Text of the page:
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Public Debt: A Growing Problem

The views expressed are those of the author and do not necessarily reflect the views of ASPA as an organization.

By Tosha Wilson-Davis
April 24, 2019

The economic crisis of 2008 led to anger, fear, anxiety and uncertainty by both United States leaders as well as the general public. It is still a fresh memory that most do not care to revisit. However, there were several problems that led to this crisis which included poor judgment, lousy decision-making, greed, diminished oversight and accountability by the American government, just to name a few. It is no doubt that 2008 was filled with history, including a near repeat of the 1929 depression and the first elected African American President, Barack Obama. The latter, for most Americans, was the most important as there was great anticipation of how President Obama would address and tackle the economic meltdown.

According to Lee, Jr. Johnson, & Joyce, “The electorate holds presidents responsible for the economy as evidenced in 1992 by President George H.W. Bush’s defeat in his bid for re-election.” President Obama indicated change and a brighter forecast as he promised a positive economic turnaround. He proposed numerous projected recommendations for economic repair, especially the sobering unemployment rate. So, why even with the current Presidency and over ten years later are we still talking about America’s debt? 

A CNBC article answers this question with some of the most shocking information disclosing that the, “National debt for the first time passed $22 trillion in February 2019 — a big, scary number that really doesn’t pose much of a danger now but threatens to in the future.” Such a number is unimaginable and really puts our country at risk. It also provides some perspective on just how big our country’s debt is. What was most damning in this article was the fact that both President Obama and our current President have had their equal share in contributing to the largest national debt that the country has seen in centuries.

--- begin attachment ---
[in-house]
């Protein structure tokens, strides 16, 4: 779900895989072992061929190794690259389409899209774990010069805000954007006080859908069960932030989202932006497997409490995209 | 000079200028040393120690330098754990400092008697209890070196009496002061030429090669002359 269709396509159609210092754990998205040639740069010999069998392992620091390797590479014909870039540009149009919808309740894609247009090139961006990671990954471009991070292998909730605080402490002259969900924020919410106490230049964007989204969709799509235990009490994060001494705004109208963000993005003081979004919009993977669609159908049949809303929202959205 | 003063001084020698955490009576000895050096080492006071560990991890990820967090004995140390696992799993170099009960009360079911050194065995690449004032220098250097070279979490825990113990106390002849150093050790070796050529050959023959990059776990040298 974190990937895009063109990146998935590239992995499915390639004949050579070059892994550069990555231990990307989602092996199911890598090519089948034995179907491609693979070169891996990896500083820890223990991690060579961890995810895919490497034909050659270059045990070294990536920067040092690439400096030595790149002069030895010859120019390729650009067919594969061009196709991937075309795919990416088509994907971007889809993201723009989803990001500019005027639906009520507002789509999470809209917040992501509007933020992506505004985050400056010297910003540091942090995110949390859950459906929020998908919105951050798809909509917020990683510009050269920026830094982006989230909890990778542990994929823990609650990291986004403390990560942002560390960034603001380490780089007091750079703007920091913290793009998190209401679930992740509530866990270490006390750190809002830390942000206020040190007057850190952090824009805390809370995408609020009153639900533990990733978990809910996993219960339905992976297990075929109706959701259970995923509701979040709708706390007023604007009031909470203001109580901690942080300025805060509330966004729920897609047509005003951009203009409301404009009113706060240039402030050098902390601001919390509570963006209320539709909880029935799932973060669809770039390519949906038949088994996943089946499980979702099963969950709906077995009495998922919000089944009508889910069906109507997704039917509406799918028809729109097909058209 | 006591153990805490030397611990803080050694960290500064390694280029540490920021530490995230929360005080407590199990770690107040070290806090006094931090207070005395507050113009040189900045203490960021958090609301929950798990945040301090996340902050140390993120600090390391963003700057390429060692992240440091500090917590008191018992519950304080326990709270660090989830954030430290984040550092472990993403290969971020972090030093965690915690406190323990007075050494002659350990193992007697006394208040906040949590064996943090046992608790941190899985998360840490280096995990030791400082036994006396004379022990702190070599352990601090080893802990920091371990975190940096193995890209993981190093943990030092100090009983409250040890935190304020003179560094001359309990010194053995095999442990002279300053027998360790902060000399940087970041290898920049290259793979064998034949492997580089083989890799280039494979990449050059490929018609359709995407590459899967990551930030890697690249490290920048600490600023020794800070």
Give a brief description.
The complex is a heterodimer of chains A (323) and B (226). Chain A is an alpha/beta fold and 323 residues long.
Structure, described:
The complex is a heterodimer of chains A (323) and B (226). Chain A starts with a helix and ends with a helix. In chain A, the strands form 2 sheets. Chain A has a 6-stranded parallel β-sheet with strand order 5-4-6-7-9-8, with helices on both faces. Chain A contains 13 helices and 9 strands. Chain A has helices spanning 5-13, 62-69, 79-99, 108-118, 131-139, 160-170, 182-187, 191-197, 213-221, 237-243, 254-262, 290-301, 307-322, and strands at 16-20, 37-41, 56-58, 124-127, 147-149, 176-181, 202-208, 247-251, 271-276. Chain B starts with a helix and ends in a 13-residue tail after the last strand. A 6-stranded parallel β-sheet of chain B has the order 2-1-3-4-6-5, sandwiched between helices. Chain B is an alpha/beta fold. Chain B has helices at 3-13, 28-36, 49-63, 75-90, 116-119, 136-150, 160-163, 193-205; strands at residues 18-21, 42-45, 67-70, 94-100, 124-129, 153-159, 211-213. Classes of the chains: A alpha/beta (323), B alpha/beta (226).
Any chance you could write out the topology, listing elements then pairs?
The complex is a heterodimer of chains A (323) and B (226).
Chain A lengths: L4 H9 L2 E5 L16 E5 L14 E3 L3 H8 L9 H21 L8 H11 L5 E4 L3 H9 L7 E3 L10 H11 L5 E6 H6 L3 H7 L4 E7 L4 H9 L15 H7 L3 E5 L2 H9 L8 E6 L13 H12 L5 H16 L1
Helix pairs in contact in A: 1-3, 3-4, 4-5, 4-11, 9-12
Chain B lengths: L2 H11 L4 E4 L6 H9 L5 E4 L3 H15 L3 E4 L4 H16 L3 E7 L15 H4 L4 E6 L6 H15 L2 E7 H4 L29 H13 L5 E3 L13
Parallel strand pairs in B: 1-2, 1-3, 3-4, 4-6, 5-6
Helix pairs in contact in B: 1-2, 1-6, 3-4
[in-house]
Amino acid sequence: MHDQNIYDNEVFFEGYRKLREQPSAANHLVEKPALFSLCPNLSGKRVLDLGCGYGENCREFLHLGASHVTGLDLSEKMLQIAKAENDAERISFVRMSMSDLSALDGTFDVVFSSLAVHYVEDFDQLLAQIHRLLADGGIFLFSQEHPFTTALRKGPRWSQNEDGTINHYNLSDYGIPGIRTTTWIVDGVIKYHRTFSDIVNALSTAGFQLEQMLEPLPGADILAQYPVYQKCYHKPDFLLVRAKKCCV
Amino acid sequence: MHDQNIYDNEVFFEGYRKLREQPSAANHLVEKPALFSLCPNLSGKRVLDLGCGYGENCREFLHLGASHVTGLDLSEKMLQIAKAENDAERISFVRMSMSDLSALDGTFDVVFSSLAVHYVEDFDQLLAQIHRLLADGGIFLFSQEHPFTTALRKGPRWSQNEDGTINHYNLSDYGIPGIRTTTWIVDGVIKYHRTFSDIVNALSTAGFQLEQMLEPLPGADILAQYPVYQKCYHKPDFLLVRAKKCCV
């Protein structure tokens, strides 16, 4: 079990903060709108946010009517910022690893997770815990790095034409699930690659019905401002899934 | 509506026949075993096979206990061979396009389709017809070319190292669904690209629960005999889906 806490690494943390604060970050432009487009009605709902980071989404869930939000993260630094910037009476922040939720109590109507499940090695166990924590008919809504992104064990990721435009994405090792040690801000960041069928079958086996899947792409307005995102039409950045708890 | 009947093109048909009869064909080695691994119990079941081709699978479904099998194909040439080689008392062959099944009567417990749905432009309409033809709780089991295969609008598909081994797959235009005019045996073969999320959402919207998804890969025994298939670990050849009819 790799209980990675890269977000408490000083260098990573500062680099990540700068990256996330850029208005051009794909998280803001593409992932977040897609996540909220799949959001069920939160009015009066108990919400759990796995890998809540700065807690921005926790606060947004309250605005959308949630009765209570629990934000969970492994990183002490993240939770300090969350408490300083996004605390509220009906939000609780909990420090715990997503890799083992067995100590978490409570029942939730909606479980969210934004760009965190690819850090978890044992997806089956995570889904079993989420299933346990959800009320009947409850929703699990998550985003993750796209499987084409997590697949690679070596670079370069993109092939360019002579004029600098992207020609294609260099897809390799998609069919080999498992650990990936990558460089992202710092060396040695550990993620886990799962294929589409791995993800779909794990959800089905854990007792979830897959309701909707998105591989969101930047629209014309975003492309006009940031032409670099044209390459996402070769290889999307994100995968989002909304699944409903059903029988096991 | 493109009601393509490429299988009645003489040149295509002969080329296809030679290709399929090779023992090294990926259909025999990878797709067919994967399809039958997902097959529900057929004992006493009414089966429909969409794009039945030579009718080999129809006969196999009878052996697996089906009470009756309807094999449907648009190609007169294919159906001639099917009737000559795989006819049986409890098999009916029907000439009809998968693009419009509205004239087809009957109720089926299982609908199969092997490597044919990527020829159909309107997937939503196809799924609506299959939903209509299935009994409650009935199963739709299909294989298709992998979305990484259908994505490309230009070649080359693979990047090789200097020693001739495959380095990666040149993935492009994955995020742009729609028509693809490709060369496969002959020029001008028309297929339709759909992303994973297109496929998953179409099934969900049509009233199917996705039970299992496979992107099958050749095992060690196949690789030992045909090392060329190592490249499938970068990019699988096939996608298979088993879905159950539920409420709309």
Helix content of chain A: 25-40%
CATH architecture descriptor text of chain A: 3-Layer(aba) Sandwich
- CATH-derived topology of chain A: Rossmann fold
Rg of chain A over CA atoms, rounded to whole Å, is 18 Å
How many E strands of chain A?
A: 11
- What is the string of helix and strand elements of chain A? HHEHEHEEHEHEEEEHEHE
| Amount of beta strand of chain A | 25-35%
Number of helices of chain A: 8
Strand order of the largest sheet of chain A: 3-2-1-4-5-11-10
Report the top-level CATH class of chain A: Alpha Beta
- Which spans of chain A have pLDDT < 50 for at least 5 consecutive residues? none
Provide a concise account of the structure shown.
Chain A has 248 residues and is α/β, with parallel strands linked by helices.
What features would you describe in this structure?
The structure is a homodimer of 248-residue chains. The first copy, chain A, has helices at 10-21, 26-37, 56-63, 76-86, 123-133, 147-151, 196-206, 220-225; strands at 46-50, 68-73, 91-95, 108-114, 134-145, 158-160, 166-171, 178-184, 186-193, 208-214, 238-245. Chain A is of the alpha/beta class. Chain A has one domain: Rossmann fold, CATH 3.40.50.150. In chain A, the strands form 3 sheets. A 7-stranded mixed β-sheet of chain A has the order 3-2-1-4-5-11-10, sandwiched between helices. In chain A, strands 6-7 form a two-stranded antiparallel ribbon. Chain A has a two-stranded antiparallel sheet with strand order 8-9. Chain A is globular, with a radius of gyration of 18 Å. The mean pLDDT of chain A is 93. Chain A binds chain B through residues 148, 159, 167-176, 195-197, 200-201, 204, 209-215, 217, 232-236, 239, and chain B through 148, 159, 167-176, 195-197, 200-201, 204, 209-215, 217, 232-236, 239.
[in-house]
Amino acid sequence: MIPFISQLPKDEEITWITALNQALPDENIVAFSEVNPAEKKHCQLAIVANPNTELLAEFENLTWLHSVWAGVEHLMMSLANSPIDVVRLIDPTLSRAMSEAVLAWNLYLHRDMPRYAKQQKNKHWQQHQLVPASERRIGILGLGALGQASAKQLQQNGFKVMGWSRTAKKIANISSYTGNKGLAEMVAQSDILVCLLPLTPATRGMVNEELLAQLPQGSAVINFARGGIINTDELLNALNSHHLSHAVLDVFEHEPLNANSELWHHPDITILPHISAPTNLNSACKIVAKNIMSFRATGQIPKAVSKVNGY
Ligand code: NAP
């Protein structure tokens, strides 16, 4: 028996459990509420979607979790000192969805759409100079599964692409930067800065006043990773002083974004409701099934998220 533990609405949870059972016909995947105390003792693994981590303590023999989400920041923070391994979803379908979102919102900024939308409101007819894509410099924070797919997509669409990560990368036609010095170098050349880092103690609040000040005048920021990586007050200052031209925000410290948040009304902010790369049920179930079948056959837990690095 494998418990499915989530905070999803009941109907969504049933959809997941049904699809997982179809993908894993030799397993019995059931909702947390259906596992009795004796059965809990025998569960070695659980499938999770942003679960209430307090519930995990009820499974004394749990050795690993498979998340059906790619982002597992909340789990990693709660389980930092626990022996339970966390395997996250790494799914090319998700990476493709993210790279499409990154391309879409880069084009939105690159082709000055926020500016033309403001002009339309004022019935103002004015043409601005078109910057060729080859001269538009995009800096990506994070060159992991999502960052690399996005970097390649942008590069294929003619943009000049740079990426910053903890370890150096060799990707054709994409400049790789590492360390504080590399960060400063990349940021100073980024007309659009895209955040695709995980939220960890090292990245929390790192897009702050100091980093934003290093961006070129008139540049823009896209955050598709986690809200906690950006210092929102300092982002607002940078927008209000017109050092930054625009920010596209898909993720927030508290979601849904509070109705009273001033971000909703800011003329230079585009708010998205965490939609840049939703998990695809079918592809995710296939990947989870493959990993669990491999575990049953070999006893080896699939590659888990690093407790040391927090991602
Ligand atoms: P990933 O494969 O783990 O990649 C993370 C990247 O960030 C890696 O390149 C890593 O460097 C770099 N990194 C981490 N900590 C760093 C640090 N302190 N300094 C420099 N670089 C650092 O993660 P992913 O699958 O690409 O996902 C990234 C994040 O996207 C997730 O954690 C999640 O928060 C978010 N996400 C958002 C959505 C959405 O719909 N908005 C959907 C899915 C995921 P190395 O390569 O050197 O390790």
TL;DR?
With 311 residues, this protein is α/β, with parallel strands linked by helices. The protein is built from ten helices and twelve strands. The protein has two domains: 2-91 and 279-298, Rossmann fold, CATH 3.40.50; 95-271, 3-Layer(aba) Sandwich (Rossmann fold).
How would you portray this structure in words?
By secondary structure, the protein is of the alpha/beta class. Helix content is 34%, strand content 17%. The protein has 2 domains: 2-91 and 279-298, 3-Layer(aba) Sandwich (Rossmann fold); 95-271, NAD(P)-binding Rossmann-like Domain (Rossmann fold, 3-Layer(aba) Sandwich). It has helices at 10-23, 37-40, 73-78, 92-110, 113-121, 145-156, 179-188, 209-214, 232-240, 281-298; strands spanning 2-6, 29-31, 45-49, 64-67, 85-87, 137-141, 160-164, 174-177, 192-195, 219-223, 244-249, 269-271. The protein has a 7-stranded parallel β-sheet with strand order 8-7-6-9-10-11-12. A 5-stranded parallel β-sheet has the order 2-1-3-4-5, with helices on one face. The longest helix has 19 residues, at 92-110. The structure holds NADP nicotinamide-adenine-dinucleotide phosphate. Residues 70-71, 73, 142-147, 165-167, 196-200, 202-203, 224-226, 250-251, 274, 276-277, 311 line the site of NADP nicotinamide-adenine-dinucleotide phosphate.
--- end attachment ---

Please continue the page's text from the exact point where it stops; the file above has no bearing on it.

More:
The article goes on to mention that, “President Barack Obama’s administration racked up nearly as much debt in eight years than in the entire 232-year history of the country before he took office. He entered with $10.6 trillion in total debt and left with the country owing $19.9 trillion. That’s an average tab of $1.16 trillion a year. Under President Donald Trump, the debt also has climbed. The $2.06 trillion increase works out to about $991 billion a year, or slightly less than the pace Obama had set.”

Considering the above, the million-dollar, or should we say, trillion-dollar question is how does the United States get out of such debt? There is not a magic potion, and there will need to be a critical evaluation and examination of ways to repair America’s credit. Forbes asserts that there are possibly five ways to decrease the national debt:

1) Opening borders to willing workers from all over the world would accelerate the creation of businesses that pay taxes desperately needed to reduce the debt.

2) Raising the retirement age to include retirees being eligible for full retirement in their 70s rather than the current age which is 67.

3) Less regulation which leads to less costs.

4) Revamping the tax code.

5) Taking cues from other countries.

Finding a middle ground is crucial as there will be many who are opposed to opening the borders and raising the retirement age. President Trump is adamant about his border wall along with its funding, and this within itself makes the first solution quite difficult and almost non-existent. Considering the second solution mentioned by Forbes, how would those who have worked since their 20s feel about raising the retirement age to 70? It would not sit well with most citizens. Also, requiring less regulation for businesses may compromise consumers’ safety and/or security.

It will be a daunting and colossal task for US leaders; yet, there is still some optimism that our country can make a rebound and shave the current debt. One article at moneycrashers.com states that, “Politicians regularly suggest that the deficit problem can be resolved as the economy improves because revenues through taxes naturally increase as incomes rise through stronger growth. Such thinking encourages postponing actions that are politically unpopular, such as raising taxes or cutting popular programs.”

Now is the time to get serious about debt relief, and we cannot turn a blind eye. Doing so will continuously put America at risk for economic dilapidation. Therefore, it is imperative for political leaders and business leaders to work together to create a successful economy by applying the following three P’s: Planning, Persistency, and Practicing Good Sense.

Tosha Wilson-Davis, MPA, MSCJ
Justice Studies Department Chair/Assistant Professor of Criminal JusticeGeorgia Military College-Online Campus
[email protected]

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